Why Facebook & Instagram Ads Are About To Take Off With Travel Brands

by Amanda Oliver 5 months ago

Most travel brands think of search ads when they think of digital advertising. And while search will forever have a place in customer acquisition strategies, Facebook and Instagram have also come to play.

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Any travel brand worth its salt wants to be known for putting its customers first. And since so many of these customers are on social media, either praising their awesome hotel stay on Facebook, sharing their trip photos on Instagram, or complaining vociferously about their awful airline flight on Twitter, don’t you want to be where your consumers are?

TRAVEL IS BEING ‘MOBILE’IZED

Just like everything else, the travel industry needs to be migrating towards a mobile-first environment.

A full 85% of travelers in the United States used their phone or tablet to plan their most recent trip; 53% of those actually started their trip planning process on mobile.

The trend of mobile booking isn’t just stateside, with 42% of travelers worldwide saying they have booked a hotel on mobile. If you isolate just the travelers who are under 30, that number goes up to 53%.

What’s more surprising (or anxiety-producing if you’re Type A and a planner), is that 42% of people have booked a hotel for the same day on mobile (thanks, HotelTonight?).

Even better (or worse), 14% have booked their hotel while sitting at the gate awaiting their flight!

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Travel industry executives are starting to pay attention to these stats, with over 40% of the travel execs saying they foresee their mobile budgets increasing 50% or more in the next few years.

When asked what they thought was the biggest opportunities for growth this year alone, almost 80% said mobile.

Consumers also want to be able to use their mobile device even during their stay to communicate with their hotel.

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Marina McDonald, the CMO of Red Roof Inn said about mobile, “You have to invest . . . You really have to understand how your customers are interacting [with you].”

It’s clear that travelers are using their mobile at every stage of the process, so if you want to be where your consumers are, mobile’s the first place to start.

TRAVELERS ALREADY USE FACEBOOK AND INSTAGRAM TO PLAN THEIR TRIPS

Let’s be honest here – we all know of at least one time where we’ve lusted after someone’s amazing vacation photos on Facebook or Instagram. In 2016 alone, Instagram users shared 98.5 million travel-related photos.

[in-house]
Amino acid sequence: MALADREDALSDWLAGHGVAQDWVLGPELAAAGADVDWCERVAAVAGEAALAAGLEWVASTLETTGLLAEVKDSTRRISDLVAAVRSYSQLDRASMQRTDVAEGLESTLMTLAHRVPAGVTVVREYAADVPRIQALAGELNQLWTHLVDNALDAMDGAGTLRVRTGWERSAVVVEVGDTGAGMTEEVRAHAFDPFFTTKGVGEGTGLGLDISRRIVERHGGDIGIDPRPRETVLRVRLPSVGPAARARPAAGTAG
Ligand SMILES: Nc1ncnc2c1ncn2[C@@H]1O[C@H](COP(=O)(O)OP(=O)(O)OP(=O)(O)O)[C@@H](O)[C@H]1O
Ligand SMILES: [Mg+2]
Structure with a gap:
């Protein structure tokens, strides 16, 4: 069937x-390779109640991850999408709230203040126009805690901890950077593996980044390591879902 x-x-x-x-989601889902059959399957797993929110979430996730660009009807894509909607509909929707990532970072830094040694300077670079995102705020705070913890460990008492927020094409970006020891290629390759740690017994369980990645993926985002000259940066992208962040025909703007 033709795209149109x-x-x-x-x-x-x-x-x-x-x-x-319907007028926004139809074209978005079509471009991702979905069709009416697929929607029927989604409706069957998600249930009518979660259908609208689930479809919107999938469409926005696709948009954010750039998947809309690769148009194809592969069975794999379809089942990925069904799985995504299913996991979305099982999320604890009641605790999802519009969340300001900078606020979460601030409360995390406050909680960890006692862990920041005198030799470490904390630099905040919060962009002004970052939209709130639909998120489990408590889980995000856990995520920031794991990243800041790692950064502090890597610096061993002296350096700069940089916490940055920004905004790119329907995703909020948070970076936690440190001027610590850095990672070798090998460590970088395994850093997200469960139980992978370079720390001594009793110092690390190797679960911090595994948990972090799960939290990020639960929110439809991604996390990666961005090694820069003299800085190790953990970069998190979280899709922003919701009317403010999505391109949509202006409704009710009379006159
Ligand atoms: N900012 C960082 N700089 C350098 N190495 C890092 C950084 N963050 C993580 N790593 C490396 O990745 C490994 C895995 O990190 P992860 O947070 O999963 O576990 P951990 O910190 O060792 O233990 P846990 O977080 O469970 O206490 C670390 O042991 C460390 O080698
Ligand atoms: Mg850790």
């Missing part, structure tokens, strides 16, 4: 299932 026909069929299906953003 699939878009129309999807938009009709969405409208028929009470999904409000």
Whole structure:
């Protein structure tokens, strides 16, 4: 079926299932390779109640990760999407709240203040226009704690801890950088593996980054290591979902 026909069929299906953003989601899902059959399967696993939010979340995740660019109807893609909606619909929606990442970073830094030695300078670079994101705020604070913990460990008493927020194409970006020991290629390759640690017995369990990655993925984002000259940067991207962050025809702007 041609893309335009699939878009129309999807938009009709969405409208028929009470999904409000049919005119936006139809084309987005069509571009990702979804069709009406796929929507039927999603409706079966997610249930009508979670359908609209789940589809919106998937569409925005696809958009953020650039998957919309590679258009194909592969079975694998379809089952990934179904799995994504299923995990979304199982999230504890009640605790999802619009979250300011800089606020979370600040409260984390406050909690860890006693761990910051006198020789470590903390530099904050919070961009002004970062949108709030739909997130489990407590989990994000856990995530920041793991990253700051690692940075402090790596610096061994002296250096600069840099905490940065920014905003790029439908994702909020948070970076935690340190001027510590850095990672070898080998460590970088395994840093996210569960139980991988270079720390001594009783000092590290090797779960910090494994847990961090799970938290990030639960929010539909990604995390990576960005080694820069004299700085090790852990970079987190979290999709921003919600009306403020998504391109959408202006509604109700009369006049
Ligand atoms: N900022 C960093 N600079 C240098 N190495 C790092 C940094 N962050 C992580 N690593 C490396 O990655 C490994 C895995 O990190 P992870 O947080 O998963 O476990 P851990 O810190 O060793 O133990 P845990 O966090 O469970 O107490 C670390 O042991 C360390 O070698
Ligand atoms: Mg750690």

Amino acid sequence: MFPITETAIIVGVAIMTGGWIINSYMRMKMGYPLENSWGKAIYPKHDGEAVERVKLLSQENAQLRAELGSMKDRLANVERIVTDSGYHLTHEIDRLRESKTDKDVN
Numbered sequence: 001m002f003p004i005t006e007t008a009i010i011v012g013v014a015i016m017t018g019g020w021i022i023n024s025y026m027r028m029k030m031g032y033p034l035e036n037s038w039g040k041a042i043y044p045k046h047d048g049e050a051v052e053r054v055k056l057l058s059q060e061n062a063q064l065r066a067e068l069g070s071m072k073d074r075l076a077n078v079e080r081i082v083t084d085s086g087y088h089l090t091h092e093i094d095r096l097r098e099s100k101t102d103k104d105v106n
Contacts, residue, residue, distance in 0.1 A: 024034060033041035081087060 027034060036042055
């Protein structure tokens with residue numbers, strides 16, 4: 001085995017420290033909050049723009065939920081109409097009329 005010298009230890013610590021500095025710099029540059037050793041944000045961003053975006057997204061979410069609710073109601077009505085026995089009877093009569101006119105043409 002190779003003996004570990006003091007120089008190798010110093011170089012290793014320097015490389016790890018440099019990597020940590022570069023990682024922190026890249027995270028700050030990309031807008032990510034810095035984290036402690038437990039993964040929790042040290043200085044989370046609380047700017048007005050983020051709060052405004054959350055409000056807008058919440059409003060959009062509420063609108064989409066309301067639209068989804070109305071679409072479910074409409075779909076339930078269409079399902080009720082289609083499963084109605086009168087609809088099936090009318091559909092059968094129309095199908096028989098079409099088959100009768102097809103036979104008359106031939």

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The ability to save Facebook posts or Instagram photos, the latter of which was finally introduced in December, also helps propel travelers to spend additional time on these platforms since they can return to them again and again.

Whether planning or while on their trip, travelers spent 20% of their overall mobile time on Facebook and/or Instagram.

Facebook is fully embracing these numbers and is building ad types specifically to cater to travel brands who want to acquire more customers.

HOW FACEBOOK AND INSTAGRAM ARE CATERING TO TRAVEL BRANDS

Just within the last year, Facebook and Instagram have increased their work with travel brands and the ad offerings available to them.

Dynamic Ads for Travel

What’s been most exciting is the introduction of Dynamic Travel Ads. These ads, similar to Dynamic Product Ads (DPAs), are the first vertical-specific iteration off of DPAs to be introduced.

The purpose of DTAs are to aid travel brands in retargeting potential customers who have visited the brand’s app, website, and/or some other digital touchpoint.

Employing the destination catalog for DTAs (similar to the product catalog e-commerce companies would use in DPAs), travel brands can showcase images of searched destinations, additional hotel options, or potential flight choices.

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For example, say you’re the fictitious Priya Luxury Hotels in Iceland, and a potential customer searches your website for a hotel room for New Year’s Eve.